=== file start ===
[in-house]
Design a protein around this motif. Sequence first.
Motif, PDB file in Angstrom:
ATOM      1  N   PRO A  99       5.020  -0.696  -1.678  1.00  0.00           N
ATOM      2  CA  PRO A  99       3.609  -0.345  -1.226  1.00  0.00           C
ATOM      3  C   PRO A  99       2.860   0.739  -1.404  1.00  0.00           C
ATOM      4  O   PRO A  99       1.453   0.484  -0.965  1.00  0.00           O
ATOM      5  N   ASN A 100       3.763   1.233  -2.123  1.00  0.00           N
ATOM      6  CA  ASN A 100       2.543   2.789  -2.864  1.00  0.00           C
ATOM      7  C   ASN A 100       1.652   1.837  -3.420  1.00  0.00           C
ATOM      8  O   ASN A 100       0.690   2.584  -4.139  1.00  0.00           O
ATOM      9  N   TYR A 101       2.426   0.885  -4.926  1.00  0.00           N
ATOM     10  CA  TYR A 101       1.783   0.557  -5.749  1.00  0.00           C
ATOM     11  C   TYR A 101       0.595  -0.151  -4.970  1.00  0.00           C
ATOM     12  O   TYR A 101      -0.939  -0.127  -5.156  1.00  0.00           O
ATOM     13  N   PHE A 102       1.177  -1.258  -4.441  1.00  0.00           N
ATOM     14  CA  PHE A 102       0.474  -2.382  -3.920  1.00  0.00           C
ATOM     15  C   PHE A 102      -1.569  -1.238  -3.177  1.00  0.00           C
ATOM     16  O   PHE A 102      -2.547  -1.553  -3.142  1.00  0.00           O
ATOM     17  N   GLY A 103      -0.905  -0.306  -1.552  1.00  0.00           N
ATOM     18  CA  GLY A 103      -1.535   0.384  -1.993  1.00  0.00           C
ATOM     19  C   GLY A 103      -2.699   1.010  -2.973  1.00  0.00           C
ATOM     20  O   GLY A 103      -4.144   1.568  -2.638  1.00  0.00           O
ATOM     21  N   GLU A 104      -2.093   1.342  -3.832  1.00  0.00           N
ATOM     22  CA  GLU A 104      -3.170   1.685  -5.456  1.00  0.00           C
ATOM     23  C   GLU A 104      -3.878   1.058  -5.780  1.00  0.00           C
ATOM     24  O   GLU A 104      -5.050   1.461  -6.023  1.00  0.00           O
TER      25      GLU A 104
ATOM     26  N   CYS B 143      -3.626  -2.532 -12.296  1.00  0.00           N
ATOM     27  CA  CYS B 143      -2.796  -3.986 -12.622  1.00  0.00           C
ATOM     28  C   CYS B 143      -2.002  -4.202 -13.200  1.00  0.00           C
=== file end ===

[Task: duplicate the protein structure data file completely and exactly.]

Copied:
[in-house]
Design a protein around this motif. Sequence first.
Motif, PDB file in Angstrom:
ATOM      1  N   PRO A  99       5.020  -0.696  -1.678  1.00  0.00           N
ATOM      2  CA  PRO A  99       3.609  -0.345  -1.226  1.00  0.00           C
ATOM      3  C   PRO A  99       2.860   0.739  -1.404  1.00  0.00           C
ATOM      4  O   PRO A  99       1.453   0.484  -0.965  1.00  0.00           O
ATOM      5  N   ASN A 100       3.763   1.233  -2.123  1.00  0.00           N
ATOM      6  CA  ASN A 100       2.543   2.789  -2.864  1.00  0.00           C
ATOM      7  C   ASN A 100       1.652   1.837  -3.420  1.00  0.00           C
ATOM      8  O   ASN A 100       0.690   2.584  -4.139  1.00  0.00           O
ATOM      9  N   TYR A 101       2.426   0.885  -4.926  1.00  0.00           N
ATOM     10  CA  TYR A 101       1.783   0.557  -5.749  1.00  0.00           C
ATOM     11  C   TYR A 101       0.595  -0.151  -4.970  1.00  0.00           C
ATOM     12  O   TYR A 101      -0.939  -0.127  -5.156  1.00  0.00           O
ATOM     13  N   PHE A 102       1.177  -1.258  -4.441  1.00  0.00           N
ATOM     14  CA  PHE A 102       0.474  -2.382  -3.920  1.00  0.00           C
ATOM     15  C   PHE A 102      -1.569  -1.238  -3.177  1.00  0.00           C
ATOM     16  O   PHE A 102      -2.547  -1.553  -3.142  1.00  0.00           O
ATOM     17  N   GLY A 103      -0.905  -0.306  -1.552  1.00  0.00           N
ATOM     18  CA  GLY A 103      -1.535   0.384  -1.993  1.00  0.00           C
ATOM     19  C   GLY A 103      -2.699   1.010  -2.973  1.00  0.00           C
ATOM     20  O   GLY A 103      -4.144   1.568  -2.638  1.00  0.00           O
ATOM     21  N   GLU A 104      -2.093   1.342  -3.832  1.00  0.00           N
ATOM     22  CA  GLU A 104      -3.170   1.685  -5.456  1.00  0.00           C
ATOM     23  C   GLU A 104      -3.878   1.058  -5.780  1.00  0.00           C
ATOM     24  O   GLU A 104      -5.050   1.461  -6.023  1.00  0.00           O
TER      25      GLU A 104
ATOM     26  N   CYS B 143      -3.626  -2.532 -12.296  1.00  0.00           N
ATOM     27  CA  CYS B 143      -2.796  -3.986 -12.622  1.00  0.00           C
ATOM     28  C   CYS B 143      -2.002  -4.202 -13.200  1.00  0.00           C